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A Reference Guide for Complying with the SEC’s New Cybersecurity Reporting Requirements

December 19, 2023

New cybersecurity disclosure rules adopted by the Securities and Exchange Commission (SEC) in July 2023 are now effective. Public companies that experience a material cybersecurity incident are now required to file a Form 8-K (under Item 1.05) within four business days after determining the incident is material. Smaller reporting companies have an extended compliance date of June 14, 2024. In addition, public companies with fiscal years ending on or after December 15, 2023 are required to include specified disclosures in their Form 10-Ks about their processes to assess, identify, and manage cybersecurity risks, management’s role in assessing and managing material cybersecurity risks and the board of directors’ oversight of cybersecurity risks. Similar corresponding requirements apply to foreign private issuers.

In a December 14, 2023 speech by Erik Gerding, the Director of the SEC’s Division of Corporation Finance, Mr. Gerding highlighted that the purpose of the new cybersecurity disclosure rules is to provide investors with “timely, consistent, comparable and decision-useful information they need to make informed investment and voting decisions.” At the same time, he emphasized that the new disclosure rules are not intended to require that companies take any specific actions to address their cybersecurity risks and threats, and that a company’s actions in response to these risks should be based on its particular facts and circumstances. He also reminded companies that the new Form 8-K’s current reporting of material cybersecurity incidents does not require detailed disclosure of specific or technical information about a company’s planned response to a cybersecurity incident, its cybersecurity systems, related networks and devices or any potential system vulnerabilities that would impede the company’s response or remediation of the incident.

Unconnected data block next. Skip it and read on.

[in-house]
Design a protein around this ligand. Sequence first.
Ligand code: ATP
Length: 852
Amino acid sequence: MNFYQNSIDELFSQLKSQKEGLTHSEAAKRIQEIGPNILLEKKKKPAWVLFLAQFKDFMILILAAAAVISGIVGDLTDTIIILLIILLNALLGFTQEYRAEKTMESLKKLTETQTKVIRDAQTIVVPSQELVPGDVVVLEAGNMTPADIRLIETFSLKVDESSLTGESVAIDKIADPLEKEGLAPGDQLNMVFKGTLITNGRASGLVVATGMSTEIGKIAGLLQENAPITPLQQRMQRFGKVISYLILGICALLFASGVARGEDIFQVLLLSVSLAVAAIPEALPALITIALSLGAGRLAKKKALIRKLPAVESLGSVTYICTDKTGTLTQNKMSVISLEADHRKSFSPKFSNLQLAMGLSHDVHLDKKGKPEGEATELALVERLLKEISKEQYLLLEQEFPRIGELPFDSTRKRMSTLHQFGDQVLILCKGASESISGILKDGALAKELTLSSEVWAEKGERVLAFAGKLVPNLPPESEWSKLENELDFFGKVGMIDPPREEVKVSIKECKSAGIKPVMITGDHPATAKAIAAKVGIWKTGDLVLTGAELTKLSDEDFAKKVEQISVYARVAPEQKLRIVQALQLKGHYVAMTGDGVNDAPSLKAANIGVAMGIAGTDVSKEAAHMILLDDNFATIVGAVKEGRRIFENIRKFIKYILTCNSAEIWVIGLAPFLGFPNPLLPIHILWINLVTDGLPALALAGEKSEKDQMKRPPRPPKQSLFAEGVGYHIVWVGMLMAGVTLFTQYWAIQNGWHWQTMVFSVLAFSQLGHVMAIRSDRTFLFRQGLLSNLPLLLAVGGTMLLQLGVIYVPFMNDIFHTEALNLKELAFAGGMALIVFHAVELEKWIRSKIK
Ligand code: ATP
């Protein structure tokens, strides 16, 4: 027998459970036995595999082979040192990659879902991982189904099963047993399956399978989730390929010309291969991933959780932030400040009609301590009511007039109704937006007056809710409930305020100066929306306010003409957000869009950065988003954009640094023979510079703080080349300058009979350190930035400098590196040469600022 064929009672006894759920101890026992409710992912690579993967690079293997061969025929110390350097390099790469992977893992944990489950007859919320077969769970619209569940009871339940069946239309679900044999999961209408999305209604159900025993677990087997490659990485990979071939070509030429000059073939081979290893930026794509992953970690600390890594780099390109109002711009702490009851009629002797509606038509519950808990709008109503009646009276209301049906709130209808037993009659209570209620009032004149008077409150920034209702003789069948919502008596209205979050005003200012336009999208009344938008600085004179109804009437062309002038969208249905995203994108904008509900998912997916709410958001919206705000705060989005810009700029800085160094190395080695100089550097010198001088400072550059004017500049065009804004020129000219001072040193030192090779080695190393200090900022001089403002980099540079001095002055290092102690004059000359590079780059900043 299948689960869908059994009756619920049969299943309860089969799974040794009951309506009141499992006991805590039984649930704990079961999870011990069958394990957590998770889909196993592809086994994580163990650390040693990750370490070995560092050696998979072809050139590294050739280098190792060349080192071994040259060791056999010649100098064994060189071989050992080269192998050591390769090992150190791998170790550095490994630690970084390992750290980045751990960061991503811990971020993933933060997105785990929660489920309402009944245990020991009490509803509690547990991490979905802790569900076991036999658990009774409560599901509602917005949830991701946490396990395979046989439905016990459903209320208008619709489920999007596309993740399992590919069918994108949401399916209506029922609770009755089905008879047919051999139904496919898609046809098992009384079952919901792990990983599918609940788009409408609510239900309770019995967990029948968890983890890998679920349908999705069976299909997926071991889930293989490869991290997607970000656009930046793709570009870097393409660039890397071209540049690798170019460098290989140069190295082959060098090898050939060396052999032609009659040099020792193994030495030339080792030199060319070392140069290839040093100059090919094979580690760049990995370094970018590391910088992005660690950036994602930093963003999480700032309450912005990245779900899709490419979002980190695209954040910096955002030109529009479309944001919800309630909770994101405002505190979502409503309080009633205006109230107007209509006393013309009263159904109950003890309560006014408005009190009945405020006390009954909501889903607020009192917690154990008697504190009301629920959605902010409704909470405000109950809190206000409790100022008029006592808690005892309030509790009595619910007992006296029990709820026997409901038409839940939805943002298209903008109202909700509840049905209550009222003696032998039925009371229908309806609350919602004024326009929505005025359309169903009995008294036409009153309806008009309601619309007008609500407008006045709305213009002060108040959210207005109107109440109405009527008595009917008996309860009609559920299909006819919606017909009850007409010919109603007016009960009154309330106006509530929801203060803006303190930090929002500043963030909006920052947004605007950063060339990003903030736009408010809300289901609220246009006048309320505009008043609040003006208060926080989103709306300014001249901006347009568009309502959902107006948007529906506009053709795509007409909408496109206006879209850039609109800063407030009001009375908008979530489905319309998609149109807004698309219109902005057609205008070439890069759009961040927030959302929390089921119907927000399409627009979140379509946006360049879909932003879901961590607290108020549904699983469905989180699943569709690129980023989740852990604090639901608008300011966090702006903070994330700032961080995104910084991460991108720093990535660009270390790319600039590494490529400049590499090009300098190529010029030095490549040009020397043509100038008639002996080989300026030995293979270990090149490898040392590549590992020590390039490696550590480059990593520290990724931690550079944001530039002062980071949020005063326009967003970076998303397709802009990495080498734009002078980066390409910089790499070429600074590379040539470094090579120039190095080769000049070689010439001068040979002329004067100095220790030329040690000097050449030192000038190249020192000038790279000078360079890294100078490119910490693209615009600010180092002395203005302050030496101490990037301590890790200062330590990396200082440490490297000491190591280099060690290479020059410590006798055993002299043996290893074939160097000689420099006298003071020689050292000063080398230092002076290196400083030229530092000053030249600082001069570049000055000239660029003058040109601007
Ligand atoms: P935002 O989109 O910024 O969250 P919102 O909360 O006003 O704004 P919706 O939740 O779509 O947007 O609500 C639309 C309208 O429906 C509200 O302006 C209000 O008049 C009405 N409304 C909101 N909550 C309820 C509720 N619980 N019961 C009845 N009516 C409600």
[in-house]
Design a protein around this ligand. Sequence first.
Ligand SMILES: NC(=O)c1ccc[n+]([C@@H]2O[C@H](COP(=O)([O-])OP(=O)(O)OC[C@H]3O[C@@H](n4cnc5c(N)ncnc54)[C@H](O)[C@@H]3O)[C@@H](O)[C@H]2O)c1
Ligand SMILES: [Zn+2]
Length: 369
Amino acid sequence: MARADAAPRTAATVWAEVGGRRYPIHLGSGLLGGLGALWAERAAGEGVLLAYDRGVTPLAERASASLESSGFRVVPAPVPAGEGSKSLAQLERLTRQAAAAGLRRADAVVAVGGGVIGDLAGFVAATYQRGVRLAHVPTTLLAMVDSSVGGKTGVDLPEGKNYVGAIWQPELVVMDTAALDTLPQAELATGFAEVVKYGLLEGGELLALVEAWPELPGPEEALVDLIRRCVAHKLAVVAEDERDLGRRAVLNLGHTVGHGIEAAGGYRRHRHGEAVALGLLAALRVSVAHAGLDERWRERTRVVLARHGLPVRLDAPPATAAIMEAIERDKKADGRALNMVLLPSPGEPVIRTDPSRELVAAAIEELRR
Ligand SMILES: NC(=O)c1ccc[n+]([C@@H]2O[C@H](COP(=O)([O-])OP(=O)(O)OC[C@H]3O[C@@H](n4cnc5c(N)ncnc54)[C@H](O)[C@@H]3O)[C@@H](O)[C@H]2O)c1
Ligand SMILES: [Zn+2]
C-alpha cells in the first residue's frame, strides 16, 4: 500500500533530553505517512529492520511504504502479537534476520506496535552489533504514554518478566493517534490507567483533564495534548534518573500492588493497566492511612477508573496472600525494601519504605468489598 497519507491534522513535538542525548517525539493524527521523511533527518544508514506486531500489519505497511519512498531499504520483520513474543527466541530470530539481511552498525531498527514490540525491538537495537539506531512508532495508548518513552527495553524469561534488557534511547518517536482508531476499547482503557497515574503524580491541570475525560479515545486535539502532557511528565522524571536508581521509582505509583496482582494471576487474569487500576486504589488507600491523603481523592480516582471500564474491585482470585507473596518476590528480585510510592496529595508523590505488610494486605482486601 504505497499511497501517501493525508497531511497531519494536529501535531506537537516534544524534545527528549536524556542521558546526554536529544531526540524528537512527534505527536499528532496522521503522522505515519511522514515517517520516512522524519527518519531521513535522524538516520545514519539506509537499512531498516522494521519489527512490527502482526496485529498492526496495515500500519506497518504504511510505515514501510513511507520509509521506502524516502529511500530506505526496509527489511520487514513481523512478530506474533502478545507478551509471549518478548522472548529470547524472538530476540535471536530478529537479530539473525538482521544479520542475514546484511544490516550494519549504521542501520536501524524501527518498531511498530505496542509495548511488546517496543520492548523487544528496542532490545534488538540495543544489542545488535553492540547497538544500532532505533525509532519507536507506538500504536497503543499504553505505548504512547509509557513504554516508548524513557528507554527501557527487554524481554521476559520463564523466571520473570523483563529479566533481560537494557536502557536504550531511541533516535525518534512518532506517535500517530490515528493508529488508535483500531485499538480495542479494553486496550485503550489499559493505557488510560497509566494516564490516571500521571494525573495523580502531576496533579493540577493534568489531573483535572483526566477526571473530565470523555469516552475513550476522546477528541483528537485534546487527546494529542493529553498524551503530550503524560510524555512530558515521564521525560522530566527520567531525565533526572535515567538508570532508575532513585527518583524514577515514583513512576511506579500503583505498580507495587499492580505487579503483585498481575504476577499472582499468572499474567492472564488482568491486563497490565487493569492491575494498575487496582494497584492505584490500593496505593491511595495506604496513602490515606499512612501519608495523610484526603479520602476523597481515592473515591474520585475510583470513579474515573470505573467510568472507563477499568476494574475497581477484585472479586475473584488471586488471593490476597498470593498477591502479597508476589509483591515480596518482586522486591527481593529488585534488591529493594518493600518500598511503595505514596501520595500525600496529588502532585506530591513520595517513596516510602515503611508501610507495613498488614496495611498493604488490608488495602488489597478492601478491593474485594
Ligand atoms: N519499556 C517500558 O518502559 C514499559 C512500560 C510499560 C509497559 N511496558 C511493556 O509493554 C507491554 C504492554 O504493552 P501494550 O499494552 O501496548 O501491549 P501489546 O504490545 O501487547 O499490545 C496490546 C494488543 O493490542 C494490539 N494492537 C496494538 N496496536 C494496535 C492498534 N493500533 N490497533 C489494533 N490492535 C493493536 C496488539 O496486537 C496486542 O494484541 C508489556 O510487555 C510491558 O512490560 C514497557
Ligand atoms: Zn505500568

To assist companies in complying with the SEC’s new cybersecurity reporting requirements, we have prepared an SEC Cybersecurity Disclosure Reference Guide, which is available here

This memorandum is a summary for general information and discussion only and may be considered an advertisement for certain purposes. It is not a full analysis of the matters presented, may not be relied upon as legal advice, and does not purport to represent the views of our clients or the Firm. Shelly Heyduk, an O’Melveny partner licensed to practice law in California, Robert Plesnarski, an O’Melveny partner licensed to practice law in the District of Columbia and Pennsylvania, Michelle Earley, an O’Melveny partner licensed to practice law in Texas, Randall W. Edwards, an O’Melveny partner licensed to practice law in California, Sid Mody, an O’Melveny partner licensed to practice law in Texas, and Scott W. Pink, an O’Melveny special counsel licensed to practice law in California and Illinois contributed to the content of this newsletter. The views expressed in this newsletter are the views of the authors except as otherwise noted.

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